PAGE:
Why do people seem to have to stick their nose into other people's business.  I was handling the situation and other people getting involved really doesn't help, especially with Caleb.  UGGGGGGHHHHH!!!!  I really need to get some business cards explaining Autism made and keep them with me at all times.

I read this article today and also need to sit down and implement a token and reward system for Caleb when we are out in the community, which I think would help a lot.

One big issue we've been dealing with Caleb has been his refusal to eat.  He's always been a difficult eater and not wanting to eat what I fix.  That has been one battle that we have decided not to fight (and is probably not the right answer, but with so many other things we have to battle, that's just not a battle we're ready to deal with!) and let him eat something different.  Usually it's a bowl of cereal (normally Cinnamon Toast Crunch), waffles or pancakes.  Lately he's been wasting a lot of food, just because he gets stubborn and refuses to eat.  We have stuck our heels in the sand and he does not get a snack before bed if he doesn't eat what he asks for and is given.

Well, tonight he was playing one of his games and was refusing to eat.  We gave him numerous chances to eat.  He got up from the table and I asked him multiple times if he was finished.  He said he was.  I reminded him if he didn't finish the cereal he didn't get anything else tonight.  He said he was finished.  So I took his bowl and dumped the rest of the cereal.  He got upset and went and slammed his door.

When bedtime came, he got very upset when he asked for a snack and I refused to give him one.  Again, I was stupid and he didn't need me any more.

It is so hard to listen to your child tell you that he doesn't need you and it's hard not to react, but we can't react or else things will be that much worse.

I really wish that we could have one good day.    Is that too much to ask for?!?!?!?!?!?!?!?!

I'm feeling guilty, but I'm looking forward to our trip in July.  For a week in July, Caleb and Cassidy will be attending Camp Barnabas and Tony, Little Guy and I will be going to a resort in Eureka Springs, Arkansas.  I know Tony and I both need some time to unwind and not be on edge so much.  But like I said, I feel guilty for looking forward to this.  I'm also praying very hard that Caleb gets under control before camp.  He's never been away from us for that long except for his stays at the psychiatric hospitals.   It should be an interesting week!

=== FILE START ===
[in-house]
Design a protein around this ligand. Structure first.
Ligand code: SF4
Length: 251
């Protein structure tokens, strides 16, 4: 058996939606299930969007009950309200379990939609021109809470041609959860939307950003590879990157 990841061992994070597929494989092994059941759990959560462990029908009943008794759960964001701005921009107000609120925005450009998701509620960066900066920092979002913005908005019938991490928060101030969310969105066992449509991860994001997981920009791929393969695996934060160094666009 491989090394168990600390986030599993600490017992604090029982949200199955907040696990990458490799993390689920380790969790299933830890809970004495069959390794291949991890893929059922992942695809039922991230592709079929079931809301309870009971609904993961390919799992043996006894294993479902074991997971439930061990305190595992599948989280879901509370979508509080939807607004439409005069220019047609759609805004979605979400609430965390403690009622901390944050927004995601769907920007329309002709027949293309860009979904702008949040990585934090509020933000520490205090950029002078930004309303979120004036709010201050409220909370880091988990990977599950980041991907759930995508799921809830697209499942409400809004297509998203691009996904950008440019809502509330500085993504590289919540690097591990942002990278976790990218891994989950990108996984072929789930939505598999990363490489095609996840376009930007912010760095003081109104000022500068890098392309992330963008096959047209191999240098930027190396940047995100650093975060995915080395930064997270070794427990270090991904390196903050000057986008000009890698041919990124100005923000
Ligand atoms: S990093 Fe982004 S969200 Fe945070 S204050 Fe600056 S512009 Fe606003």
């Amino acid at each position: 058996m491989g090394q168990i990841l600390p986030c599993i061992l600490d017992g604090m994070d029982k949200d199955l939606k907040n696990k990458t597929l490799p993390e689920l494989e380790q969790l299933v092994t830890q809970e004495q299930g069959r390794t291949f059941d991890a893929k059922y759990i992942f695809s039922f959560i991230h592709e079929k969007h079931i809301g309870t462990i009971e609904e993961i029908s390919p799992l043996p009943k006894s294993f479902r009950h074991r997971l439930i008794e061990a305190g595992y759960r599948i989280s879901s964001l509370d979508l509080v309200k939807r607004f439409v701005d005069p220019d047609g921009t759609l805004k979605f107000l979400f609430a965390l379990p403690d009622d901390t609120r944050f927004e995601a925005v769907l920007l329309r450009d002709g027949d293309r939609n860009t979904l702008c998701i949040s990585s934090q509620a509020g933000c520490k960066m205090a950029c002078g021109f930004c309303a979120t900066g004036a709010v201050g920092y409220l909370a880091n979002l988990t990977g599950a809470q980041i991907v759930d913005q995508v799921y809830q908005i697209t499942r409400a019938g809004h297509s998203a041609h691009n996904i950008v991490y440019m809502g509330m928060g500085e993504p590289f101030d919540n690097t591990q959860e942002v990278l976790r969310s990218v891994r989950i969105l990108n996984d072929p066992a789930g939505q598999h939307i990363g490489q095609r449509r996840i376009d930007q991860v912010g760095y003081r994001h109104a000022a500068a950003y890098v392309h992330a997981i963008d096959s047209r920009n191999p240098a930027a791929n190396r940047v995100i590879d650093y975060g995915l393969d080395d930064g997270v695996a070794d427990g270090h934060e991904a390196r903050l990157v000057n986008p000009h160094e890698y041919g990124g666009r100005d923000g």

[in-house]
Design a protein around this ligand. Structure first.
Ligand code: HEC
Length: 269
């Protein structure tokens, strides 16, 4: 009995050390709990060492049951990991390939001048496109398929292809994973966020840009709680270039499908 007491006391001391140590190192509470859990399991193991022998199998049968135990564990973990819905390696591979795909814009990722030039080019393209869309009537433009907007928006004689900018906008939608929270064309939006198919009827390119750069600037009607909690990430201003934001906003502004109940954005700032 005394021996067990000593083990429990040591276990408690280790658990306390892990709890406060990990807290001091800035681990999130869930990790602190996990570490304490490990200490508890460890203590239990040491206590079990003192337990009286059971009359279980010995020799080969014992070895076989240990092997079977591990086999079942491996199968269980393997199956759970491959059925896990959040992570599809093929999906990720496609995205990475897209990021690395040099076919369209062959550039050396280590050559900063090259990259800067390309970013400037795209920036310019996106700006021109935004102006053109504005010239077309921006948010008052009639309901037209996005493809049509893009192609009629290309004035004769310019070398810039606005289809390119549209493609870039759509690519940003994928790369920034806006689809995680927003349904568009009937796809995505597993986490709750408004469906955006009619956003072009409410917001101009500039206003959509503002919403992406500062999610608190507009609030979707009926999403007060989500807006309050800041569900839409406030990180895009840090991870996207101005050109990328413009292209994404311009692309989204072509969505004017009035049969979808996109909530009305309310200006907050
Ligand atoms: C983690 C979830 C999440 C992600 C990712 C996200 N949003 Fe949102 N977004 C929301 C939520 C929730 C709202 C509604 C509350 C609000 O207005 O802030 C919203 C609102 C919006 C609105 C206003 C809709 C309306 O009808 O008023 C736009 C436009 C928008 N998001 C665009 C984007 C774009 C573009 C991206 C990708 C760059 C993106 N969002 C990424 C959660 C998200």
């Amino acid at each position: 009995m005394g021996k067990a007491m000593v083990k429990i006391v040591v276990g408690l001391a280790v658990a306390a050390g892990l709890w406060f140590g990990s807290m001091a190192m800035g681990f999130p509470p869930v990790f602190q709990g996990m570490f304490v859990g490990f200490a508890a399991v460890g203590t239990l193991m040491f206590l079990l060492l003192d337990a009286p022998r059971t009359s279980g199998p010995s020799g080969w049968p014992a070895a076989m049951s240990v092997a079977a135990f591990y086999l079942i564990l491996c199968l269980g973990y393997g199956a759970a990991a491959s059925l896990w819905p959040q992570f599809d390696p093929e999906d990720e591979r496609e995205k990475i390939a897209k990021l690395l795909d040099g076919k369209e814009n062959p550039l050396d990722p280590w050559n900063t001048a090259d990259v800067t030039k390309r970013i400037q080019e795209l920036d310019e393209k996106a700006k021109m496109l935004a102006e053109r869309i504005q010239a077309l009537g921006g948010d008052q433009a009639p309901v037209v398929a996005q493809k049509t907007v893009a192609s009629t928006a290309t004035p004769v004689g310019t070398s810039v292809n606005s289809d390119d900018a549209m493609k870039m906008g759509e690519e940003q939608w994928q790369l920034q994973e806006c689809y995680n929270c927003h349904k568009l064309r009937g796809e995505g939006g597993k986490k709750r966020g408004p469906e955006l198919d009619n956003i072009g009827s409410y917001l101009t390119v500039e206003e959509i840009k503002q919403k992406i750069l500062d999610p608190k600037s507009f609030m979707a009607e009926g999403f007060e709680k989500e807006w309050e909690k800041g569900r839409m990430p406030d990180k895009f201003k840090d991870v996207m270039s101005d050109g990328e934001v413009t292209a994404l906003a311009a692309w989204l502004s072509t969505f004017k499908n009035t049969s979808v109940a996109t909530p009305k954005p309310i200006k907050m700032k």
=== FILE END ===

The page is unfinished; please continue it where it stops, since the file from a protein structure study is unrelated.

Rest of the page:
We are in our first full summer of in-home support hours provided through the MR/DD Waiver through the State.  We have learned that due to the difference in the amount of hours we're given in June versus July that next year if we do plan on taking a vacation or sending the kids back to Camp Barnabas, then we need to do that in June versus July!  I'm trying very hard not to complain about the difficulty in scheduling, because we are VERY thankful for the help and support that we received through the Waiver, it's just a lot to keep up on!

Some days I really hate Autism!!!!

Sunday, June 12, 2011

Preparing to Close a Chapter in Our Lives

Three years ago Tony and I embarked on a journey of opening our home to foster children.  Over those three years, we have welcomed into our home seven children to live with us full-time; and five to seven children on respite stays, when other foster parents needed help. 

We learned alot during these last three years, including the fact that we are NOT ready for teenagers!

Tomorrow I will dropping off our last foster child at the agency for a visit with her mom and then she will be moving to a kinship placement.  She's been with us for approximately six weeks.  Even if she wasn't going to be moving to the kinship placement, we would have requested that she be moved prior to our July vacation, because we have been feeling that, when our license was due to be renewed July 31st, the Lord was telling us it was time to close it.